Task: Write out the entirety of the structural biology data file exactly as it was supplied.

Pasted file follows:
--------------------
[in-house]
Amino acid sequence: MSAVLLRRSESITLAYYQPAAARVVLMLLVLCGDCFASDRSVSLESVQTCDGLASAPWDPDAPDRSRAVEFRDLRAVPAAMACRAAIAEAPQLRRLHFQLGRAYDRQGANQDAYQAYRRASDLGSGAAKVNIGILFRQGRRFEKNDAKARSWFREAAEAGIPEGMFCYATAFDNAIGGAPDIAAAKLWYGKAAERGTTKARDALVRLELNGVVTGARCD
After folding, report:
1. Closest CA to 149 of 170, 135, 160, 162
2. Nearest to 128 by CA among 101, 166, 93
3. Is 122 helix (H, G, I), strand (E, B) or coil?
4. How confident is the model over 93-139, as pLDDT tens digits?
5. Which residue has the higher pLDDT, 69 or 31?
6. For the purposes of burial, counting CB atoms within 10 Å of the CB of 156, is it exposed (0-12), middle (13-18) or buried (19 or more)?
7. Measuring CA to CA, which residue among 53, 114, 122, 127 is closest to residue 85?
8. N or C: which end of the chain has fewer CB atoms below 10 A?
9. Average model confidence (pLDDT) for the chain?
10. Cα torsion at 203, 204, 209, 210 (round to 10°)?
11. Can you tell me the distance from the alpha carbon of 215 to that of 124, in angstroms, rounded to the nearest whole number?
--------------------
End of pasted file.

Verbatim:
[in-house]
Amino acid sequence: MSAVLLRRSESITLAYYQPAAARVVLMLLVLCGDCFASDRSVSLESVQTCDGLASAPWDPDAPDRSRAVEFRDLRAVPAAMACRAAIAEAPQLRRLHFQLGRAYDRQGANQDAYQAYRRASDLGSGAAKVNIGILFRQGRRFEKNDAKARSWFREAAEAGIPEGMFCYATAFDNAIGGAPDIAAAKLWYGKAAERGTTKARDALVRLELNGVVTGARCD
After folding, report:
1. Closest CA to 149 of 170, 135, 160, 162
2. Nearest to 128 by CA among 101, 166, 93
3. Is 122 helix (H, G, I), strand (E, B) or coil?
4. How confident is the model over 93-139, as pLDDT tens digits?
5. Which residue has the higher pLDDT, 69 or 31?
6. For the purposes of burial, counting CB atoms within 10 Å of the CB of 156, is it exposed (0-12), middle (13-18) or buried (19 or more)?
7. Measuring CA to CA, which residue among 53, 114, 122, 127 is closest to residue 85?
8. N or C: which end of the chain has fewer CB atoms below 10 A?
9. Average model confidence (pLDDT) for the chain?
10. Cα torsion at 203, 204, 209, 210 (round to 10°)?
11. Can you tell me the distance from the alpha carbon of 215 to that of 124, in angstroms, rounded to the nearest whole number?